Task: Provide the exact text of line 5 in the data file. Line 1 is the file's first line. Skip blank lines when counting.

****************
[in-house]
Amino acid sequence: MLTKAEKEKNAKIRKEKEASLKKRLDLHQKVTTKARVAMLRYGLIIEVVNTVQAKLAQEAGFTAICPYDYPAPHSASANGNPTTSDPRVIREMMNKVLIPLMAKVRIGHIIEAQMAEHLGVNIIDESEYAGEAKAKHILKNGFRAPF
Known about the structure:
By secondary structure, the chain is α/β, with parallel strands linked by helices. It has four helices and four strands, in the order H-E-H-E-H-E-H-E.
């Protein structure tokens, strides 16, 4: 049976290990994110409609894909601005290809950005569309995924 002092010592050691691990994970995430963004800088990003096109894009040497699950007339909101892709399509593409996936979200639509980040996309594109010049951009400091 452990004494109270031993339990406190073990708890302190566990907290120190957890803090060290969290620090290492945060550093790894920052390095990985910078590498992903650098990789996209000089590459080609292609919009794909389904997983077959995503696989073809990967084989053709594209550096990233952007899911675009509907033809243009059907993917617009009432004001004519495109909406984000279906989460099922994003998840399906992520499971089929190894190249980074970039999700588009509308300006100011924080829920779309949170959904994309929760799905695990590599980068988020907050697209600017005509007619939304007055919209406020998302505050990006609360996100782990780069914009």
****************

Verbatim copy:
């Protein structure tokens, strides 16, 4: 049976290990994110409609894909601005290809950005569309995924 002092010592050691691990994970995430963004800088990003096109894009040497699950007339909101892709399509593409996936979200639509980040996309594109010049951009400091 452990004494109270031993339990406190073990708890302190566990907290120190957890803090060290969290620090290492945060550093790894920052390095990985910078590498992903650098990789996209000089590459080609292609919009794909389904997983077959995503696989073809990967084989053709594209550096990233952007899911675009509907033809243009059907993917617009009432004001004519495109909406984000279906989460099922994003998840399906992520499971089929190894190249980074970039999700588009509308300006100011924080829920779309949170959904994309929760799905695990590599980068988020907050697209600017005509007619939304007055919209406020998302505050990006609360996100782990780069914009």